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Cook Up Some Energy Savings in the Kitchen

Cooking habits, along with energy-efficient appliances, impact energy use in the kitchen. Replacing old, energy-inefficient appliances (think refrigerator, oven and dishwasher), along with changing how you cook, represent the biggest potential for energy and cost savings in the kitchen. New appliances aside, several strategies can help you save energy in the kitchen:

  • Use the oven only when cooking large dishes or batches – conventional ovens are inherently inefficient because in order to heat up food, they must first heat up about 35 pounds of steel and a large amount of air.
  • If you have a convection setting on your oven, use it. Cooking with a convection setting uses up to 20% less energy than the bake setting does.
  • If you are in the market for a new cooktop, induction cooktops are 12% more efficient at heating food than a smooth-top electric cooktop or range, according to the Department of Energy.
  • Identify and unplug energy vampires, i.e., appliances that draw power even when turned off. Examples can include blenders, portable coffee makers and toasters. If an appliance has lights still on when not in use —an “on” button or light, digital clock or blinking light — it is most likely an energy vampire.
  • Think small – opt for a smaller appliance, such as a toaster oven, microwave, or slow or pressure cooker, whenever possible.
  • Turn the oven or stove burners off a few minutes before your food is ready – they will remain hot enough to finish cooking the food.
  • When using your dishwasher, run it with a full load of dishes to conserve water and energy. Also consider turning it off when it reaches the dry cycle and let dishes air dry.
  • Keep your refrigerator well stocked. Not only does this mean you’ll have plenty of food on hand, but the more items in your fridge, the less energy it takes to keep them cold.
  • Speaking of refrigerators, they top the list of home appliances that use the most energy. If yours is older, check out the ENERGY STAR “Flip your Fridge” savings calculator to see how much energy your prehistoric fridge is costing you. Even if you don’t replace your refrigerator now, doing some homework on energy costs will help prepare you when it’s time to replace it.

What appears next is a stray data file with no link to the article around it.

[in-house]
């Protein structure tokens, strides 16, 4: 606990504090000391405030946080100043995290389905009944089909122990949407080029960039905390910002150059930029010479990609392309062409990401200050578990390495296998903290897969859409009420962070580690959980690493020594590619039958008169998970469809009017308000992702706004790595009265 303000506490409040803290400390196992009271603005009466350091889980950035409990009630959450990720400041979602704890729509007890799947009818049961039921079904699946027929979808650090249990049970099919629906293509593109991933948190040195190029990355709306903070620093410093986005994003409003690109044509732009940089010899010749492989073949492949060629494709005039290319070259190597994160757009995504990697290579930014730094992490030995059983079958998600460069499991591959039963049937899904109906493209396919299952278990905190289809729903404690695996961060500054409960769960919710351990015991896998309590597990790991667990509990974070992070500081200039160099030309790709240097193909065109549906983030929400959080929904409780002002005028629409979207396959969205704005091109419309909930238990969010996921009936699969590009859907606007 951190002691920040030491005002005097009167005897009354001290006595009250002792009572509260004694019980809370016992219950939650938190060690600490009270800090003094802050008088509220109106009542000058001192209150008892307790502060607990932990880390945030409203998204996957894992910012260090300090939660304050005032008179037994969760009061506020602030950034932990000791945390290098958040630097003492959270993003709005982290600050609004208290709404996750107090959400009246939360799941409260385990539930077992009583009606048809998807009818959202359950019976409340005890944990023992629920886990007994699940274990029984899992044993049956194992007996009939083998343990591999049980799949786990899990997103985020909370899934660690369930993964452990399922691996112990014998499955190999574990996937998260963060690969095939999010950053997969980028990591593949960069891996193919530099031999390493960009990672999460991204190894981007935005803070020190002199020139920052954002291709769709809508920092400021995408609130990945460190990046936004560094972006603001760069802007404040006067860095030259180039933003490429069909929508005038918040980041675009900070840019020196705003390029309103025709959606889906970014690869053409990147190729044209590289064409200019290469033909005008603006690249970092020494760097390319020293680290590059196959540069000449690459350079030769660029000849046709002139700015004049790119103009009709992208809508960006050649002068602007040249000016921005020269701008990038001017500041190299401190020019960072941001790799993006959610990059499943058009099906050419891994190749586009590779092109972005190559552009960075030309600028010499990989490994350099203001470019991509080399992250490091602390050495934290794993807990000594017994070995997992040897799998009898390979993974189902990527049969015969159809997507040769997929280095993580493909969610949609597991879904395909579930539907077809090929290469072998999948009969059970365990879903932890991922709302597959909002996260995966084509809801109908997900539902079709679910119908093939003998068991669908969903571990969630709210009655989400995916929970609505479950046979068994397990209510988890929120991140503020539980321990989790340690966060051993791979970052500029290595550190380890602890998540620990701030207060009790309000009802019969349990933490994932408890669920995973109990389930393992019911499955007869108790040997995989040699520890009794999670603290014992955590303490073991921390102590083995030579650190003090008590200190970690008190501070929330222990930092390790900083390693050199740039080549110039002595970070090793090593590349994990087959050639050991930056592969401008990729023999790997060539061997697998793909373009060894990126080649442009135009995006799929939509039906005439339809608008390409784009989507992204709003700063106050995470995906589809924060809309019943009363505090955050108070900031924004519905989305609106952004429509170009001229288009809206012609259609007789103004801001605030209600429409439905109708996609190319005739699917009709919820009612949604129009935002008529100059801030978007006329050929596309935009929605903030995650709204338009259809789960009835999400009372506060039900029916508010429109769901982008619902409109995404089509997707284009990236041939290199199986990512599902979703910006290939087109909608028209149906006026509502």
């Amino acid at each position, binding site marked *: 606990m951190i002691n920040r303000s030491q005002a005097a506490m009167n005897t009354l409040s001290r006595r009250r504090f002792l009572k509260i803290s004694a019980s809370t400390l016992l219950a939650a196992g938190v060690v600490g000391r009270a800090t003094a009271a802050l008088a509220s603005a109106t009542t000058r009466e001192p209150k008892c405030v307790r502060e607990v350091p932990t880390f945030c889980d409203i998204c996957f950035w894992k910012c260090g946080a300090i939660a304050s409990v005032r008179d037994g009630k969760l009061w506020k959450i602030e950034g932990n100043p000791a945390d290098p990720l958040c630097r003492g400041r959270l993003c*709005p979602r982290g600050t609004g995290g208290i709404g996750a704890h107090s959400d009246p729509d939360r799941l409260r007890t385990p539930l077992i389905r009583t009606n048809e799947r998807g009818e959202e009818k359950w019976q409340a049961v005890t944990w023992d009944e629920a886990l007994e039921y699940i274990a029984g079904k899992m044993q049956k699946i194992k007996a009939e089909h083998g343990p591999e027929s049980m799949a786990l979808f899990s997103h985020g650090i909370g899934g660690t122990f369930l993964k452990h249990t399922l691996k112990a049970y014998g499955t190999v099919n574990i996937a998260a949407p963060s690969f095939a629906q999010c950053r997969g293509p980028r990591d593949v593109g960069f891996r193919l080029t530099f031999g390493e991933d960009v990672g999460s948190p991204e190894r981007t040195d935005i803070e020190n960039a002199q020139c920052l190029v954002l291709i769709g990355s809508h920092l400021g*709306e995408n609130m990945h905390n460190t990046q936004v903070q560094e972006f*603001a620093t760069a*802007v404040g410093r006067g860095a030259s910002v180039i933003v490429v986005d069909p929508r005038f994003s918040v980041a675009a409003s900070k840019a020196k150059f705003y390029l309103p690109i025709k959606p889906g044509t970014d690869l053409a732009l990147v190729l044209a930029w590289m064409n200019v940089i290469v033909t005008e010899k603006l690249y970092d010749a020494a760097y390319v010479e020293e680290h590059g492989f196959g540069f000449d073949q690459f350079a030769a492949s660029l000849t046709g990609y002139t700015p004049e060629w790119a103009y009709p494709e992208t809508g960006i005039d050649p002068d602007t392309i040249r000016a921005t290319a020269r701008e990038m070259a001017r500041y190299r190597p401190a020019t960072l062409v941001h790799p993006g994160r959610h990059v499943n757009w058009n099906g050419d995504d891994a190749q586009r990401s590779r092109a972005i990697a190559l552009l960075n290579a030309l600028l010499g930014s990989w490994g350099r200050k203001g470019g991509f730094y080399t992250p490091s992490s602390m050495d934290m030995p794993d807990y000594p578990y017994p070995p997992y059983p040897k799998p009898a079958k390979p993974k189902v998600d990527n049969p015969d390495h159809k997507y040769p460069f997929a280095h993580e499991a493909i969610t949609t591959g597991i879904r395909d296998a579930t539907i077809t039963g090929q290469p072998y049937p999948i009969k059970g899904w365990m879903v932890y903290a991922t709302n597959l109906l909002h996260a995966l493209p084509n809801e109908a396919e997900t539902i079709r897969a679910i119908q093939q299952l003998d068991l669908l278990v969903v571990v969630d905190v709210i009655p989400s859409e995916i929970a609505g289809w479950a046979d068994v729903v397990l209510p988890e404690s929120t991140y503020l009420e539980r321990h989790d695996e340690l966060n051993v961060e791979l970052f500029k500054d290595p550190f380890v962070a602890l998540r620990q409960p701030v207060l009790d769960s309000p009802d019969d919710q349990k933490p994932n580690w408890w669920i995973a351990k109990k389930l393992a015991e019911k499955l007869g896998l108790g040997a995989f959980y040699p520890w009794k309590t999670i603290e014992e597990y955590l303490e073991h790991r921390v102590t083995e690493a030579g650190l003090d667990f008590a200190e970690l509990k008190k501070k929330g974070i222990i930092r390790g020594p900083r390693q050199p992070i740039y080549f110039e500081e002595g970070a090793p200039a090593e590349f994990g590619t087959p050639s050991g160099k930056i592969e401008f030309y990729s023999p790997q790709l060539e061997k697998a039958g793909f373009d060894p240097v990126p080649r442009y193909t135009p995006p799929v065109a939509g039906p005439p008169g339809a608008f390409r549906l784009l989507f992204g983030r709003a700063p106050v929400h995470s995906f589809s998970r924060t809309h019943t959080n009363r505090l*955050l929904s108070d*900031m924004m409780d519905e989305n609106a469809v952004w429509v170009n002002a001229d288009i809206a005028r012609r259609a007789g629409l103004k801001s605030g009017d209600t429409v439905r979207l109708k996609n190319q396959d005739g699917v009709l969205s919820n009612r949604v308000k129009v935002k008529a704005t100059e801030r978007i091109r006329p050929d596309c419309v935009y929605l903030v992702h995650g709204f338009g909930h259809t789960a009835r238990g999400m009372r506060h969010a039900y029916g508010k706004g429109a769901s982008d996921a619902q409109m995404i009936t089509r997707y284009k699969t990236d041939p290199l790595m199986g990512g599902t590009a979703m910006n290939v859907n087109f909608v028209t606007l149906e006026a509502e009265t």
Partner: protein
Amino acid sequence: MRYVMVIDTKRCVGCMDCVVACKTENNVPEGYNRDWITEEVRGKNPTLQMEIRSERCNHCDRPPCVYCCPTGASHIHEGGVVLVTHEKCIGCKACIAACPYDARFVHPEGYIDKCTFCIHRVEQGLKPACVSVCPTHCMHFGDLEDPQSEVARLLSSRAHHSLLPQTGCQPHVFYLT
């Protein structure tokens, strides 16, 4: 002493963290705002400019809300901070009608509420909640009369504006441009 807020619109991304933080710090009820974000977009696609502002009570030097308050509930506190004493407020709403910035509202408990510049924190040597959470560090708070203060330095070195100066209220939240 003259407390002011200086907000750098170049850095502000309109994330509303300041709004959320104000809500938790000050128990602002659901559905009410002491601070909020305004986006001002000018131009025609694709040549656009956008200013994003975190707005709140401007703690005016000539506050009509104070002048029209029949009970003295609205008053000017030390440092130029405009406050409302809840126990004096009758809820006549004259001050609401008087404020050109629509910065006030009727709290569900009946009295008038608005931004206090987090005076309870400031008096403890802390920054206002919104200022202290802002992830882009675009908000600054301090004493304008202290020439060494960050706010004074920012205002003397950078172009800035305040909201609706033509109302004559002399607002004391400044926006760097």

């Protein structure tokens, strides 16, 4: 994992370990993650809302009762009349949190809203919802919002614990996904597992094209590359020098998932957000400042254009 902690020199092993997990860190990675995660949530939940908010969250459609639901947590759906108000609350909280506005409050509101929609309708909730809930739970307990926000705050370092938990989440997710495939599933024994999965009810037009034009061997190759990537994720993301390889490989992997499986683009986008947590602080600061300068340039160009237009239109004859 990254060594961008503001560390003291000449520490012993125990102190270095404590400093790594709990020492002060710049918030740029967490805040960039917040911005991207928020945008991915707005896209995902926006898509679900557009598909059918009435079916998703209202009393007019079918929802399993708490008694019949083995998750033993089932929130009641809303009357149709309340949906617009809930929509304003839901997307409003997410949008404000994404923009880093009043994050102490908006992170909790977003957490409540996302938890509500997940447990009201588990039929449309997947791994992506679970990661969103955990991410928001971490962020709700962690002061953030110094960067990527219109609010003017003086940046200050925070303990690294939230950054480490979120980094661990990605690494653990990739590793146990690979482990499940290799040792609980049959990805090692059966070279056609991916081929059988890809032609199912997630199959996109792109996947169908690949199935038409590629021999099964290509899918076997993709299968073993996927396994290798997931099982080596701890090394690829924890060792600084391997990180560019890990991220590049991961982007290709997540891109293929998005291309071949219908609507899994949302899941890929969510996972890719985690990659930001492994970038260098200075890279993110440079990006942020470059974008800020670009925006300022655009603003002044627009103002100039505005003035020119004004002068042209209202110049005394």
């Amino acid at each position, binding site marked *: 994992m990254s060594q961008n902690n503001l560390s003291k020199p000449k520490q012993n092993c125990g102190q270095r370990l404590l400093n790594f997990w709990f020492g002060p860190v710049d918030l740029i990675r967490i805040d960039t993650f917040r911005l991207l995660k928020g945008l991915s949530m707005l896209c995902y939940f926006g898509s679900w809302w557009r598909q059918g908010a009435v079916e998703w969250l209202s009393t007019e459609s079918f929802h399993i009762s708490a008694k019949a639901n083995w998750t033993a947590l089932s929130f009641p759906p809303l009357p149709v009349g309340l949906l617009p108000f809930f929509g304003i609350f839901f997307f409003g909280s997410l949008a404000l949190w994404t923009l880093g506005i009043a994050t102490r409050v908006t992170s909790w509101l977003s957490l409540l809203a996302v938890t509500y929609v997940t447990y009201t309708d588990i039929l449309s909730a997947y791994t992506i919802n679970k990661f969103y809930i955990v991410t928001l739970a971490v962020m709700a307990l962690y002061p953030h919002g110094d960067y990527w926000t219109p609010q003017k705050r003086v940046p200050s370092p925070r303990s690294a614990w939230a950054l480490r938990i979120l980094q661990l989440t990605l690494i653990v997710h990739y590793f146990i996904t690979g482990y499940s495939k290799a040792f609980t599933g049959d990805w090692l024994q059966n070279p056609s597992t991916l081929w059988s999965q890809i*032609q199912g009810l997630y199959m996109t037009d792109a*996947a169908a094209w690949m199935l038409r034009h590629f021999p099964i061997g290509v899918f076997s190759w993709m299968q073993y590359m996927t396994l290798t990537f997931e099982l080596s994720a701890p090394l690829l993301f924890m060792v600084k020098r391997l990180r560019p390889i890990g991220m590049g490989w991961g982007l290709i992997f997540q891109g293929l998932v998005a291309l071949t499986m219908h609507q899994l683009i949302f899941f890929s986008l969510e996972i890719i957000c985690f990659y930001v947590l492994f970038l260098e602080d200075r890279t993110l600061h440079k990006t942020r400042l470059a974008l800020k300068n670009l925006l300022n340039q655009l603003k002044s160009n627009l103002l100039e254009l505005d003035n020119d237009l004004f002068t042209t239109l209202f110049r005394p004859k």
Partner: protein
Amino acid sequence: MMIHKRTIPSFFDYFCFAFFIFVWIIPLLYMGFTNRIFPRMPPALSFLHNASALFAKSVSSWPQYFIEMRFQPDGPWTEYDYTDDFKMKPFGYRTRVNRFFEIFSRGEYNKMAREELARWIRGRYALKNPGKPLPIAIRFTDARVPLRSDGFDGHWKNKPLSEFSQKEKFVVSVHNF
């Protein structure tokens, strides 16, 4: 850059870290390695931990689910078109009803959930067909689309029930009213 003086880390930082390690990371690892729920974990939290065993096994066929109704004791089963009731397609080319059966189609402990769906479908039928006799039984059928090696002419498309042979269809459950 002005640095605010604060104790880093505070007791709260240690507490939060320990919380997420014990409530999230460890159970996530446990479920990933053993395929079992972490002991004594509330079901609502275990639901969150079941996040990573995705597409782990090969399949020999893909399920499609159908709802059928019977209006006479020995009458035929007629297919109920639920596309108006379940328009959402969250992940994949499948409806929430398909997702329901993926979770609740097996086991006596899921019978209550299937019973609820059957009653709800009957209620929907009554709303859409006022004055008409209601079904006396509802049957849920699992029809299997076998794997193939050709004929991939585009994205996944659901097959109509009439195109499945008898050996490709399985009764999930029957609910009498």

• Don’t preheat the oven unless you are baking or a recipe requires it. (Some types of food, like those that need to rise, have specific preheating instructions that should be followed; other items, such as casseroles, will usually turn out fine without preheating the oven.)
  • Bake with ceramic or glass pots and pans – this will allow you to lower the oven temperature by about 25 degrees Fahrenheit.
  • On electric or induction cooktops, consider copper pans. Copper is highly conductive, so it takes less time to get hot.
  • If you have a self-cleaning oven, plan to clean it right after you’ve finished baking or cooking so it doesn’t have to heat up a second time. Also, try not to use the feature when it’s hot outside.
  • Don’t peek – opening the oven door can lower the internal temperature as much as 25%
  • Don’t cover oven racks with foil – this reduces heat flow and increases cooking time.
  • Make sure your pan covers the coil or cooking area of your range – if you can see red past the sides of your pan, you need a smaller burner.
  • Put a lid on it – cover pans while cooking to prevent heat loss.
  • In warmer months, grill outdoors when you can. The less energy used to heat food, the less work your air conditioner will have to do to keep your home cool.

For information about electrical safety, visit SafeElectricity.org.